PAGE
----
Tourism Fair in Madrid , Spain
January 26, 2011
The project for the cultural centre in Jesus
February 23, 2011

ABTA, the Travel Association last week responded positively to the Government’s proposals for reform of the ATOL financial protection scheme, although they claimed they did not go far enough. A statement from the group claimed that by including in a protection regime all holidays put together by individual travel companies, the Government’s proposals for ATOL reform were a step forward in extending consumer protection. However, it continued that by excluding airlines and website click-through sales from the scheme, they remained flawed, adding that these exclusions will perpetuate confusion among consumers.
Mark Tanzer, ABTA Chief Executive said: “Financial protection should be comprehensive and transparent, otherwise it leads to real confusion and consumer detriment. British consumers and our Members deserve better than the unfair and unclear structures that we have suffered in recent years. While the Government’s proposals go some way to addressing the problem, we’re disappointed that airlines and online click-through sales have been excluded, as these will create competitive imbalance and leave passengers exposed. These exclusions will only perpetuate confusion among consumers. We also believe that key issues such as pricing and enforcement need to be considered carefully.”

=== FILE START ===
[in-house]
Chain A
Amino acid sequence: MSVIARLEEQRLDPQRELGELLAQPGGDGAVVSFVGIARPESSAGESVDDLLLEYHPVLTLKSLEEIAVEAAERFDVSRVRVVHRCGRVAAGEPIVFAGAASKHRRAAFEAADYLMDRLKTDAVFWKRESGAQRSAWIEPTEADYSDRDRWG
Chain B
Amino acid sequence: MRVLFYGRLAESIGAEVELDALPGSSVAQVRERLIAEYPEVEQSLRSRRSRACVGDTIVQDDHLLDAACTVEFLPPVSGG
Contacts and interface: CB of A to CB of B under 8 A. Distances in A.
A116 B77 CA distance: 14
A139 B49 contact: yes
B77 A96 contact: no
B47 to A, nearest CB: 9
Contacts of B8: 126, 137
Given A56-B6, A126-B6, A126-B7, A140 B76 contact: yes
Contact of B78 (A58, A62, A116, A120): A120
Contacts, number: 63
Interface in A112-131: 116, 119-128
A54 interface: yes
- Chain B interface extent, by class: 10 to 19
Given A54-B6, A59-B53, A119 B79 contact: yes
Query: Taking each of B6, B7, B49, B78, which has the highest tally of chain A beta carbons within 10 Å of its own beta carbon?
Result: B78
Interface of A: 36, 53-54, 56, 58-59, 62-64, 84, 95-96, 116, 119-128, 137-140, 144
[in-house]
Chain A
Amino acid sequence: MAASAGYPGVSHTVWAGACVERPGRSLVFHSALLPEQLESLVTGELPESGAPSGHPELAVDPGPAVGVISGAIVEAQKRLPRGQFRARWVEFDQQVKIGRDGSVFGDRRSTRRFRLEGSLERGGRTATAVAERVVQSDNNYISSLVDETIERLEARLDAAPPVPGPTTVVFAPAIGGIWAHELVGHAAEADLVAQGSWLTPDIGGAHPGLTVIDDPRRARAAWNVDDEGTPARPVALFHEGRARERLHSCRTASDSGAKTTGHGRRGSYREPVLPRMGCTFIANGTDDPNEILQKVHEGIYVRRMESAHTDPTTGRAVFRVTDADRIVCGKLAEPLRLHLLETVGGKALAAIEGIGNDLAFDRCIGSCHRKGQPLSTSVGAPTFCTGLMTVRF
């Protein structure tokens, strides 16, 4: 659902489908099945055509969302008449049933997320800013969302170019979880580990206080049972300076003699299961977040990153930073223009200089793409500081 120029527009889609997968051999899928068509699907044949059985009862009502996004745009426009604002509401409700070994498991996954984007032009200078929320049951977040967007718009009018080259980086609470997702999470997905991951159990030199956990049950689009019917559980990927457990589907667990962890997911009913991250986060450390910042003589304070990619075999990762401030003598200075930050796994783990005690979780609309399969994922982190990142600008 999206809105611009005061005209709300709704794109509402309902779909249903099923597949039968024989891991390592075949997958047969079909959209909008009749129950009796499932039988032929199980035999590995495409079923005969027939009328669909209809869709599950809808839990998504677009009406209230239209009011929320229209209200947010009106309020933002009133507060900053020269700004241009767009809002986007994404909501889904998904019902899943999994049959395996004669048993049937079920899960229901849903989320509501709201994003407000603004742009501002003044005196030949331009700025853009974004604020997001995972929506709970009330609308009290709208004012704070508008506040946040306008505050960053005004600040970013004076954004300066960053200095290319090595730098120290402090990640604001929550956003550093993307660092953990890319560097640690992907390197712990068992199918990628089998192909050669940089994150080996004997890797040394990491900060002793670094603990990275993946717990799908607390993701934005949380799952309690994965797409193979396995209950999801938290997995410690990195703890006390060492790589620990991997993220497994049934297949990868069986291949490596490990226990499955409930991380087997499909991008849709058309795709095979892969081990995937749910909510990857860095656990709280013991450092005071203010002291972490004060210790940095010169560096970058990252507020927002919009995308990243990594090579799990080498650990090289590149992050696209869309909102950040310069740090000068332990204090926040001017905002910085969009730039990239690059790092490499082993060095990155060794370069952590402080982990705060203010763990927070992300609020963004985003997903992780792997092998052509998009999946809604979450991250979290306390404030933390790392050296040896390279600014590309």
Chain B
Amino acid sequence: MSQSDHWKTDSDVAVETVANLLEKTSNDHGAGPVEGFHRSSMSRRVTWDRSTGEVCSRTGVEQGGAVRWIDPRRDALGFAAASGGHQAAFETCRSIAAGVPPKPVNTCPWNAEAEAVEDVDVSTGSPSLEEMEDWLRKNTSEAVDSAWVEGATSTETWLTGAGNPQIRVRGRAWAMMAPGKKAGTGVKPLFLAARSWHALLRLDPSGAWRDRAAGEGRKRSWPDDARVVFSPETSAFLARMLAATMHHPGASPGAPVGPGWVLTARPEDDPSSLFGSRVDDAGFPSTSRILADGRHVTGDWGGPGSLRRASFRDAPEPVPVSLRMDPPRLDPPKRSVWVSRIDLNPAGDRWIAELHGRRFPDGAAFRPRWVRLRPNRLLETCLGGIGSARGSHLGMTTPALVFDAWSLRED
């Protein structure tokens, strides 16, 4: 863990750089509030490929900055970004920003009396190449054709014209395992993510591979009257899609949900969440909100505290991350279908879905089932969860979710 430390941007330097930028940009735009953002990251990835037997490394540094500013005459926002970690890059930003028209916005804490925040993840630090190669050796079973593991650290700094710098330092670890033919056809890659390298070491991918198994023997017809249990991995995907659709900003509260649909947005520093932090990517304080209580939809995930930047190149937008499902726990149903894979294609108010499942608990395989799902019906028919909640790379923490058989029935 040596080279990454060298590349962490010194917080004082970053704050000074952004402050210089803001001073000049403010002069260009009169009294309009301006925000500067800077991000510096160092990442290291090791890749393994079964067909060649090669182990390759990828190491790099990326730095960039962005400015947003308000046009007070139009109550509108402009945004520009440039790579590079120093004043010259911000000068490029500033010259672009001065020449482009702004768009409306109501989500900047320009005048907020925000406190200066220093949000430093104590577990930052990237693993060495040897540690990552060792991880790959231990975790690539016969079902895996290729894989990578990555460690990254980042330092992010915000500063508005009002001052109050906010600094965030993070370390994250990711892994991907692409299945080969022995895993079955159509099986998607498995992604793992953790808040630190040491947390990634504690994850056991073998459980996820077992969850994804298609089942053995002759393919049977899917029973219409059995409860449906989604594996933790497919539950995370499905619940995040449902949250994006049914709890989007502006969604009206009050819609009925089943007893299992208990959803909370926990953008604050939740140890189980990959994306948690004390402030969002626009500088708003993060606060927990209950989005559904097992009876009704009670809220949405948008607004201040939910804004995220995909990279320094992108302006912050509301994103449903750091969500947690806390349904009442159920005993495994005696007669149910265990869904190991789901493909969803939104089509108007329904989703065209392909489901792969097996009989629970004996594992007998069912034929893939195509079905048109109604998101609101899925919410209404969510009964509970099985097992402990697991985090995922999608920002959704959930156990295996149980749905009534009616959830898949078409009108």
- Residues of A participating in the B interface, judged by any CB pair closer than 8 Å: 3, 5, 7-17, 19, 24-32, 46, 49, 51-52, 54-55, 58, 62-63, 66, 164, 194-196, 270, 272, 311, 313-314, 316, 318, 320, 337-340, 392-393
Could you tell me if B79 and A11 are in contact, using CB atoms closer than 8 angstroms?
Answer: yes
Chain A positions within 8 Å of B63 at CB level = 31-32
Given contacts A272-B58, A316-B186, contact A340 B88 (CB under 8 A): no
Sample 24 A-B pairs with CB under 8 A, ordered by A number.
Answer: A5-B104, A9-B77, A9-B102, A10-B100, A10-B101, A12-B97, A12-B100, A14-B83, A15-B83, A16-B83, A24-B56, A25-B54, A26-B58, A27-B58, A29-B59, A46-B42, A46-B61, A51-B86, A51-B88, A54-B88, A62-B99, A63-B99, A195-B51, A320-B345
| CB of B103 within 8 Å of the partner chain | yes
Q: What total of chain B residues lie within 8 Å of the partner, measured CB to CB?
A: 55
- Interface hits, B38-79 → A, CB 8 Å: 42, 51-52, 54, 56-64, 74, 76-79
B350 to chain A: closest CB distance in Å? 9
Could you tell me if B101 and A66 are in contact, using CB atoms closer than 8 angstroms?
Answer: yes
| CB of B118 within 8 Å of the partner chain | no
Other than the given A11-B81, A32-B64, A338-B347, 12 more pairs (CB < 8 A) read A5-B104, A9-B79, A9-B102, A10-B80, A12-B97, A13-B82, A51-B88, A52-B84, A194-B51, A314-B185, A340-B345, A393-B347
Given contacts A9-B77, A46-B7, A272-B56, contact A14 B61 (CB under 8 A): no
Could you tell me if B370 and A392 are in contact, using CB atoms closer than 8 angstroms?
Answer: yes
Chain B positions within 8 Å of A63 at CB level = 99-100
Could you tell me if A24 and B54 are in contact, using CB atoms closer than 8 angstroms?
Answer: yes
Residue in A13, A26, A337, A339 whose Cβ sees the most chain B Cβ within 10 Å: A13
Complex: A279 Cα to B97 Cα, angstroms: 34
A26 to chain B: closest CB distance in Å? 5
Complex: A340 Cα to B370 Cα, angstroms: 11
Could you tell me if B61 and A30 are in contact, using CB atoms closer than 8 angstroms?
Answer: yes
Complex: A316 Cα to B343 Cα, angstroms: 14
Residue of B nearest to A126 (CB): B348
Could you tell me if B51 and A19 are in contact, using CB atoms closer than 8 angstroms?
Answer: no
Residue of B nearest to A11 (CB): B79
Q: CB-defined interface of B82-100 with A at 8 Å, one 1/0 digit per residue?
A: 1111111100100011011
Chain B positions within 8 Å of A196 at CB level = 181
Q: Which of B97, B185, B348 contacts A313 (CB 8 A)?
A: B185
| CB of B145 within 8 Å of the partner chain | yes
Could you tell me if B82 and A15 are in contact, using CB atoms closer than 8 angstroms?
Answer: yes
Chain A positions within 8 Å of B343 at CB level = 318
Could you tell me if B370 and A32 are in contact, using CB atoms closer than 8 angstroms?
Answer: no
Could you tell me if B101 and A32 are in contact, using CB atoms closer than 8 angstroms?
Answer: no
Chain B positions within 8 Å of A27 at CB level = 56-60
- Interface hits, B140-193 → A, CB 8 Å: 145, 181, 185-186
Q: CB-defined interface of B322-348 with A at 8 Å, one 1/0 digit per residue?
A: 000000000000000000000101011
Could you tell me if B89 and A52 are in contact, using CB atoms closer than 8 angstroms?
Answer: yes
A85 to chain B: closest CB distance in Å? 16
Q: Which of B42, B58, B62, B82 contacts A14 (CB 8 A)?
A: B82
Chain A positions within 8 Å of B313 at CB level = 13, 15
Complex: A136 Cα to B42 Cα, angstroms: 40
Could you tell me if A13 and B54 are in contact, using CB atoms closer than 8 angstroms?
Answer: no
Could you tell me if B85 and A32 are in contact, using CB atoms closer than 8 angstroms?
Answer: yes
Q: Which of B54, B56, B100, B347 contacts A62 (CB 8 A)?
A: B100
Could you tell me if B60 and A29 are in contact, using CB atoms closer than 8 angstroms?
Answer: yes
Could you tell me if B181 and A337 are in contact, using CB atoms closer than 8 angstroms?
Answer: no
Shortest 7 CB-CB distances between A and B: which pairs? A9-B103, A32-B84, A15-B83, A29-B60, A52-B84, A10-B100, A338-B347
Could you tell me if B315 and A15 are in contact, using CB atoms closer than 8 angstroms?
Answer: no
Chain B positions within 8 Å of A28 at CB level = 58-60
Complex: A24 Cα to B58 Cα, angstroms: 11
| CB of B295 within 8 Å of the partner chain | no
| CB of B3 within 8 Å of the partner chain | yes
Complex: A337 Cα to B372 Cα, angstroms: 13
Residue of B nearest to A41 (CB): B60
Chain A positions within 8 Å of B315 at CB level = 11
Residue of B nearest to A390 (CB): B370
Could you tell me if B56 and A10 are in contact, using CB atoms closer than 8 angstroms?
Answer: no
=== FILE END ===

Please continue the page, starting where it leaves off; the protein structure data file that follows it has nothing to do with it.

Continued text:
In research conducted by ABTA, 93% of the public said they regard financial protection as essential or important. In their responses to consultation questionnaires, 85% of ABTA Members said that they wanted to see the scope of consumer protection extended to all holidays; 84% that click-throughs from airlines’ websites should be included; and 100% said that airlines should be included in a scheme of financial protection.

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